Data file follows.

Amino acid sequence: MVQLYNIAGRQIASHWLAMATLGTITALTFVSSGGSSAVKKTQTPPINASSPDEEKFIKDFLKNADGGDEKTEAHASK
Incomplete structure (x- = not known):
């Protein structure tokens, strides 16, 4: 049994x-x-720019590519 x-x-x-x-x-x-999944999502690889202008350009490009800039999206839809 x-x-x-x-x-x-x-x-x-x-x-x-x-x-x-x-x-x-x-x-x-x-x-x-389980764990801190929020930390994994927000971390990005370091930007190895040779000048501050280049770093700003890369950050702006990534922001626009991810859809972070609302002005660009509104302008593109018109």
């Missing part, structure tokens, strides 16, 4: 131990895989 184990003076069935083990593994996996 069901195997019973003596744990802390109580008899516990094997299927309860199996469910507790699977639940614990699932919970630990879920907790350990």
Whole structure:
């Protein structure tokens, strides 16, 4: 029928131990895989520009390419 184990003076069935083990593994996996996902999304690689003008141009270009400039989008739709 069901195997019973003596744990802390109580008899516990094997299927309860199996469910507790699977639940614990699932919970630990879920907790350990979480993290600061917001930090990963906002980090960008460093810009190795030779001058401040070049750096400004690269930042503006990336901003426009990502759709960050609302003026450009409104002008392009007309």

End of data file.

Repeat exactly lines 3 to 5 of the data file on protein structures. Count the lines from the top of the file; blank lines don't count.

């Protein structure tokens, strides 16, 4: 049994x-x-720019590519 x-x-x-x-x-x-999944999502690889202008350009490009800039999206839809 x-x-x-x-x-x-x-x-x-x-x-x-x-x-x-x-x-x-x-x-x-x-x-x-389980764990801190929020930390994994927000971390990005370091930007190895040779000048501050280049770093700003890369950050702006990534922001626009991810859809972070609302002005660009509104302008593109018109």
């Missing part, structure tokens, strides 16, 4: 131990895989 184990003076069935083990593994996996 069901195997019973003596744990802390109580008899516990094997299927309860199996469910507790699977639940614990699932919970630990879920907790350990």
Whole structure: